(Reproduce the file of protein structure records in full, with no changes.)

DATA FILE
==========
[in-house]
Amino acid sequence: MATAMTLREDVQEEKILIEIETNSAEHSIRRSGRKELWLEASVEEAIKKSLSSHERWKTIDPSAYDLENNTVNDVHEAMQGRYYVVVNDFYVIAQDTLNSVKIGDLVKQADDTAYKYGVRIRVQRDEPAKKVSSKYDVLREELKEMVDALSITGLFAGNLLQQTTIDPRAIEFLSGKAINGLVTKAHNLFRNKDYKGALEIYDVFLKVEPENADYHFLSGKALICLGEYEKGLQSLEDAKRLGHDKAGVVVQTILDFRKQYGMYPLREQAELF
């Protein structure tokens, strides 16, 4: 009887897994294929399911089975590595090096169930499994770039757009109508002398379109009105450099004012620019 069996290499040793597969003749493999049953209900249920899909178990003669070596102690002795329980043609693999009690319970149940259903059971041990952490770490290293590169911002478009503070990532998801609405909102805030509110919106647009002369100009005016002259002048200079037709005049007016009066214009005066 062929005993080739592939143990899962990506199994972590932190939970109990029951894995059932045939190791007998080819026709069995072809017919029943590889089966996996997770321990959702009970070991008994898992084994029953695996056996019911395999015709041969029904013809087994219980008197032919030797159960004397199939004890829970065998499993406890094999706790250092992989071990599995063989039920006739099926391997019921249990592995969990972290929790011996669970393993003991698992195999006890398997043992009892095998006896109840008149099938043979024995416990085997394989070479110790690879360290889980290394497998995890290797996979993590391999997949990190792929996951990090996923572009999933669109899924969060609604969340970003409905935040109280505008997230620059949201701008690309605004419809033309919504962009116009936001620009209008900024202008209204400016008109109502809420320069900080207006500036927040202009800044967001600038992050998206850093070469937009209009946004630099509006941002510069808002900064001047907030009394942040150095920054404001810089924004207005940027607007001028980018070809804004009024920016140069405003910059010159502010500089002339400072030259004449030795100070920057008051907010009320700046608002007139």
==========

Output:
[in-house]
Amino acid sequence: MATAMTLREDVQEEKILIEIETNSAEHSIRRSGRKELWLEASVEEAIKKSLSSHERWKTIDPSAYDLENNTVNDVHEAMQGRYYVVVNDFYVIAQDTLNSVKIGDLVKQADDTAYKYGVRIRVQRDEPAKKVSSKYDVLREELKEMVDALSITGLFAGNLLQQTTIDPRAIEFLSGKAINGLVTKAHNLFRNKDYKGALEIYDVFLKVEPENADYHFLSGKALICLGEYEKGLQSLEDAKRLGHDKAGVVVQTILDFRKQYGMYPLREQAELF
């Protein structure tokens, strides 16, 4: 009887897994294929399911089975590595090096169930499994770039757009109508002398379109009105450099004012620019 069996290499040793597969003749493999049953209900249920899909178990003669070596102690002795329980043609693999009690319970149940259903059971041990952490770490290293590169911002478009503070990532998801609405909102805030509110919106647009002369100009005016002259002048200079037709005049007016009066214009005066 062929005993080739592939143990899962990506199994972590932190939970109990029951894995059932045939190791007998080819026709069995072809017919029943590889089966996996997770321990959702009970070991008994898992084994029953695996056996019911395999015709041969029904013809087994219980008197032919030797159960004397199939004890829970065998499993406890094999706790250092992989071990599995063989039920006739099926391997019921249990592995969990972290929790011996669970393993003991698992195999006890398997043992009892095998006896109840008149099938043979024995416990085997394989070479110790690879360290889980290394497998995890290797996979993590391999997949990190792929996951990090996923572009999933669109899924969060609604969340970003409905935040109280505008997230620059949201701008690309605004419809033309919504962009116009936001620009209008900024202008209204400016008109109502809420320069900080207006500036927040202009800044967001600038992050998206850093070469937009209009946004630099509006941002510069808002900064001047907030009394942040150095920054404001810089924004207005940027607007001028980018070809804004009024920016140069405003910059010159502010500089002339400072030259004449030795100070920057008051907010009320700046608002007139």